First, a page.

ugc_banner

London school bans slang terms to 'guide' the students

WION Web Team
NEW DELHIUpdated: Oct 01, 2021, 02:16 PM IST

Schools in the US have re-opened with mask mandates as Covid cases declined in some states. Representative image. Photograph:(Reuters)

Story highlights

The school said the specific words and phrases on the list were selected because they were “showing up a lot in pupils’ work” and it stressed the importance of pupils expressing themselves “clearly and accurately”

A secondary school in London, Ark All Saints academy is trying to stop its students from using “basically” at the beginning of sentences and it is also trying to get rid of phrases such as “oh my days” in a crackdown on “fillers” and “slang” in the classroom. 

The school has come up with a list of “banned” language which includes “he cut his eyes at me”. Also, the students should not be able to use “that’s long”, which can mean something that is tedious, or “that’s a neck” which indicates a comment or action is stupid. “Bare”, “wow”, “cuss” and “oh my God” are also out.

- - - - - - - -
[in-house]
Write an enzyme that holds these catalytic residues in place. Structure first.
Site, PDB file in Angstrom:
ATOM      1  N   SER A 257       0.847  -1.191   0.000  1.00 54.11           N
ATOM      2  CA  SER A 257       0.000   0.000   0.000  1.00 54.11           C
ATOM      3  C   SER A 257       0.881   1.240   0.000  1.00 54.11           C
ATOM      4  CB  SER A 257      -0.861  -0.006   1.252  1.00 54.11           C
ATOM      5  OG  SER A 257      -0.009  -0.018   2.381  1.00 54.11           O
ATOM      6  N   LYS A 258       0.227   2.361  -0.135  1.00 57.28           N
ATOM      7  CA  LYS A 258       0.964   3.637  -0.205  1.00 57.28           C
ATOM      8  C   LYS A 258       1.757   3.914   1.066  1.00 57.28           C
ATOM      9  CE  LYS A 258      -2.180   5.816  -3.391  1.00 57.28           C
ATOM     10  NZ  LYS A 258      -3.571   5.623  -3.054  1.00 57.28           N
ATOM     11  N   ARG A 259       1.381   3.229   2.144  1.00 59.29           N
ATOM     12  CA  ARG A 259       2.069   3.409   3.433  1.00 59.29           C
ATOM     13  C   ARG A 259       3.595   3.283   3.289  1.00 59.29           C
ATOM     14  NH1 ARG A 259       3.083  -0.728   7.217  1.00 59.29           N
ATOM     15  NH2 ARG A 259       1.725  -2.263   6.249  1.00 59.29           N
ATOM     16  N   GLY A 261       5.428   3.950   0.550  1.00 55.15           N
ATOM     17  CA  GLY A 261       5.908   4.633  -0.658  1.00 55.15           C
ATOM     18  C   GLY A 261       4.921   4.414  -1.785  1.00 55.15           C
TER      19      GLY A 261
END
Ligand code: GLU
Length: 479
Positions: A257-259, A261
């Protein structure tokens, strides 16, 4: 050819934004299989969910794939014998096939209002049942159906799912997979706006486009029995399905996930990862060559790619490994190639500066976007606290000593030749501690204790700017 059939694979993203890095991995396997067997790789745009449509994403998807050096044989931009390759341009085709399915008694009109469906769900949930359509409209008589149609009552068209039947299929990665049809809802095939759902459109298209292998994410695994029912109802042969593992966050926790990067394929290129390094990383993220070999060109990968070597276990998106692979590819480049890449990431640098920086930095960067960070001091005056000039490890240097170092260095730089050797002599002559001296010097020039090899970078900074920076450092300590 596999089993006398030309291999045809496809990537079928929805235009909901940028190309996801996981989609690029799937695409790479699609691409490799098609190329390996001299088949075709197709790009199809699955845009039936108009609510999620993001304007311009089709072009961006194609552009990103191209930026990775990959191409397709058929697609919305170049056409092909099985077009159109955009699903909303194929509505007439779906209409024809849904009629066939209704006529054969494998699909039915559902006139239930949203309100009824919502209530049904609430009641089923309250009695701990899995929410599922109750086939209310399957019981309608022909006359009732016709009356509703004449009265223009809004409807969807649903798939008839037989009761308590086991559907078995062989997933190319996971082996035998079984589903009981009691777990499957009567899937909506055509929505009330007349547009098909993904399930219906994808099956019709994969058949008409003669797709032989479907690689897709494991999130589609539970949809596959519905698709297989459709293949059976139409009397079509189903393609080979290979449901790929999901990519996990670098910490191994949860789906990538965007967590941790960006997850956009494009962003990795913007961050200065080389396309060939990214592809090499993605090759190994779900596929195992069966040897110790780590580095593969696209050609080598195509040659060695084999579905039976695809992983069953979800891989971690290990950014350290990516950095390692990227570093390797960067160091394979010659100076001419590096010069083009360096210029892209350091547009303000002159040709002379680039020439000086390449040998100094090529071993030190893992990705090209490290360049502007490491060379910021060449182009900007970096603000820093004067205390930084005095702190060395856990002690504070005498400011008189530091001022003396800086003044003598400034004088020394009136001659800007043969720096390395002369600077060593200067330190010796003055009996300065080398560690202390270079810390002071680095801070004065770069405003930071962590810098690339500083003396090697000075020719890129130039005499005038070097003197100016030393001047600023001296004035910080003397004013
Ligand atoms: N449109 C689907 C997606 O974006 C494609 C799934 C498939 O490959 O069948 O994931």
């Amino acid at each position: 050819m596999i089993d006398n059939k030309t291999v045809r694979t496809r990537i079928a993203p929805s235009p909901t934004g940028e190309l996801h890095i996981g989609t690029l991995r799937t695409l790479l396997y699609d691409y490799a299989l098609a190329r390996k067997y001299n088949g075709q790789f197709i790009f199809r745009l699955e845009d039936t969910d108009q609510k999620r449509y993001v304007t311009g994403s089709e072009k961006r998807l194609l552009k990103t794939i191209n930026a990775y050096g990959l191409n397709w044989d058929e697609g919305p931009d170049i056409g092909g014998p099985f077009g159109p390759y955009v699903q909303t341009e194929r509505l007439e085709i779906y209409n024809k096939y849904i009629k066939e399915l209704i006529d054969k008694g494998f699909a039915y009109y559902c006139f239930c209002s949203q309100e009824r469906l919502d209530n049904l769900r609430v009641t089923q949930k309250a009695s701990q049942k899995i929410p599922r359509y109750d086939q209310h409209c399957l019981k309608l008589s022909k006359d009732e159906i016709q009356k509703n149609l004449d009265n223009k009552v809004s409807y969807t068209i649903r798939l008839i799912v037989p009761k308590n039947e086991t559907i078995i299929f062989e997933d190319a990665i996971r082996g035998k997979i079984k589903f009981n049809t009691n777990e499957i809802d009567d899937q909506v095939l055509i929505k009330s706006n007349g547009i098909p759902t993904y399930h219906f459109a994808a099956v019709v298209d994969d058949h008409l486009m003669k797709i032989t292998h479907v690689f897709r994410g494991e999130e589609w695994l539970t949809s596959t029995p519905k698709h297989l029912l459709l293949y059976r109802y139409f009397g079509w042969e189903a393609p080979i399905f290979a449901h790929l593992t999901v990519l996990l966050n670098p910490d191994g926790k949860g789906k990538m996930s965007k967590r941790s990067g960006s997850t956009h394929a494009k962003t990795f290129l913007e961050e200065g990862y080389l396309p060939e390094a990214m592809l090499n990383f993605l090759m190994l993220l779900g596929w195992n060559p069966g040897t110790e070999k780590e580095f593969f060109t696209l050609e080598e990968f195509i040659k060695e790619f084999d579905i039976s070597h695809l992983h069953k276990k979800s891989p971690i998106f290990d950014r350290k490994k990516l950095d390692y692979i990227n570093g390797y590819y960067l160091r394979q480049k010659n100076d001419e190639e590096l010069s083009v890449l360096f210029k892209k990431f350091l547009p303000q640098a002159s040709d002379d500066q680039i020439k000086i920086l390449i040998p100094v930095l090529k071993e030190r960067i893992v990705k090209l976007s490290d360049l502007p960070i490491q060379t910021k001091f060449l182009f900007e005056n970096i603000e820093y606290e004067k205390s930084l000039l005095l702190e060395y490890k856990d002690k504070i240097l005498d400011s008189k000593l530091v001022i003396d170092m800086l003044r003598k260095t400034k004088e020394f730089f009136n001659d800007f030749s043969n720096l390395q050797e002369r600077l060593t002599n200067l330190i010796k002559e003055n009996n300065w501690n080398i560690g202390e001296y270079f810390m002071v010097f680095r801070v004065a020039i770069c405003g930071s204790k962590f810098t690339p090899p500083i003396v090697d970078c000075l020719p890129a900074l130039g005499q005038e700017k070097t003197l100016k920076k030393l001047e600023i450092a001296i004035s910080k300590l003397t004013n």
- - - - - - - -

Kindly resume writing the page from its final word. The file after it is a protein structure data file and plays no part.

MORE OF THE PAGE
Expressions that must not be used at the beginning of sentences include, “ermmm”, “because”, “no”, “like”, “say”, “you see”, “you know”, and “basically”.

The list has drawn criticism from linguists. They have described it as “crude and shortsighted … a disservice and discredit to young people”.

However, the teachers argue that this guides the students to use language that fits more formal situations.

The school said the specific words and phrases on the list were selected because they were “showing up a lot in pupils’ work” and it stressed the importance of pupils expressing themselves “clearly and accurately”.

Lucy Frame, the principal at the school in Camberwell, south-east London, was quoted by The Guardian as saying, "The development of reading and speaking skills is a central part of what drives our school to help our students learn effectively and fulfil their potential in academic and non-academic ways."

“None of the words or phrases listed are banned from general use in our school or when our students are interacting socially.

But this list is used in some formal learning settings to help students understand the importance of expressing themselves clearly and accurately, not least through written language in examinations.”